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Bran Nue Dae: movie review

An Aboriginal boy bolts from a boarding school and finds his way home with the help of some hobos and hippies in 'Bran Nue Dae,' based on a celebrated Australian musical.

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The celebrated 1990 Australian stage musical “Bran Nue Dae” has been transferred with no great distinction to the screen by director Rachel Perkins, but the film is a curiosity anyway. After all, how often in the movies do you get to see Aborigines dancing and cavorting and singing? Not that the dancing and cavorting and singing are all that good. Most of the time I felt like I was watching an exotic “Afterschool Special” on TV.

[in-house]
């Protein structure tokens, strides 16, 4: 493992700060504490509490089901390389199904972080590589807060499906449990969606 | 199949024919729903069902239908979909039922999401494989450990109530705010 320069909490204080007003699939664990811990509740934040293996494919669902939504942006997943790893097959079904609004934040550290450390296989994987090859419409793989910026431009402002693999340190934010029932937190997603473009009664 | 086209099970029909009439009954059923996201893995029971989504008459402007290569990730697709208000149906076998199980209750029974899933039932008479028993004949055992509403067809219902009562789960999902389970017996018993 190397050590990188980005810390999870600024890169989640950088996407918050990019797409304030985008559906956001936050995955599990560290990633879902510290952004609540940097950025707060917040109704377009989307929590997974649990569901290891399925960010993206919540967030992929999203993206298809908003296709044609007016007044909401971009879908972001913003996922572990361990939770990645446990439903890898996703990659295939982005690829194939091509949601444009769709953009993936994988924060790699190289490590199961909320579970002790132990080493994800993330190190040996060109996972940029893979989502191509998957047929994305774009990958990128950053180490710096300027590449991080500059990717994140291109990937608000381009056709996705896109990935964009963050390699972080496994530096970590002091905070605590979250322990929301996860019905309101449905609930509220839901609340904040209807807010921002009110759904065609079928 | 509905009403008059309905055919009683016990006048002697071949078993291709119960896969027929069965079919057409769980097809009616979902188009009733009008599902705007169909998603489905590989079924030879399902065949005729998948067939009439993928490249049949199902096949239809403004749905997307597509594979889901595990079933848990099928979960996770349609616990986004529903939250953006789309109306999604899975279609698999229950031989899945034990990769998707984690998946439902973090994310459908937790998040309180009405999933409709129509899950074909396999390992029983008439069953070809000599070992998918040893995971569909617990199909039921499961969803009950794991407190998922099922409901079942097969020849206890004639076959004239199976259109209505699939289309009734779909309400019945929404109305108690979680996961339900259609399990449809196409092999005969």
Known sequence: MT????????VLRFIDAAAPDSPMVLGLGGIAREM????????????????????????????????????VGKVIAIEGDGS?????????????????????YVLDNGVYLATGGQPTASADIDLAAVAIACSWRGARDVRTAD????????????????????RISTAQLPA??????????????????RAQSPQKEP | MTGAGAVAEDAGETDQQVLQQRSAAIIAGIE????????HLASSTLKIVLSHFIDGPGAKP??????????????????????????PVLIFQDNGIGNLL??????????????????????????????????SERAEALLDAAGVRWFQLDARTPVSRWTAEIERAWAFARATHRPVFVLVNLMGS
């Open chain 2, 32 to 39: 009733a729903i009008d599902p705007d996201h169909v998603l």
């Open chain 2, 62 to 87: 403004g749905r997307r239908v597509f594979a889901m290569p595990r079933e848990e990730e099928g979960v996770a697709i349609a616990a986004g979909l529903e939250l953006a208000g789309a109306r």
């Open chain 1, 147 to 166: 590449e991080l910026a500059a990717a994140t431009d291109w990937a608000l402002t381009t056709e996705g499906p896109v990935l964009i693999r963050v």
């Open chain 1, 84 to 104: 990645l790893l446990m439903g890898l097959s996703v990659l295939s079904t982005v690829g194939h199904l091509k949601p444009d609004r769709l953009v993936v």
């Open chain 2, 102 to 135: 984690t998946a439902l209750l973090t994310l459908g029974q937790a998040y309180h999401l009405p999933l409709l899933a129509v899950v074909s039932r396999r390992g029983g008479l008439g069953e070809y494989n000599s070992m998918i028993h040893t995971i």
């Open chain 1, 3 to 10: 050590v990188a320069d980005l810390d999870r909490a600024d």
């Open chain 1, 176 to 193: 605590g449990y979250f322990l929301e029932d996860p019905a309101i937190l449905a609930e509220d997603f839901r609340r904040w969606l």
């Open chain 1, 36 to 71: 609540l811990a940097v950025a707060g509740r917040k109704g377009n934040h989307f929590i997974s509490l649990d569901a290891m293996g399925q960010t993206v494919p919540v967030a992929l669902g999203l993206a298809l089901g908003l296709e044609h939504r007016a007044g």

Young Willie (Rocky McKenzie), bolting from a Roman Catholic boarding school in 1969 Perth, hooks up with the hobo Uncle Tadpole (Ernie Dingo) and two white hippies (Missy Higgins, Tom Budge) and wends his way back home. As the boarding school honcho Father Benedictus, Geoffrey Rush chews so much scenery that he looks ready to burst. Grade: C- (Rated PG-13 for sexual content and drug use.)


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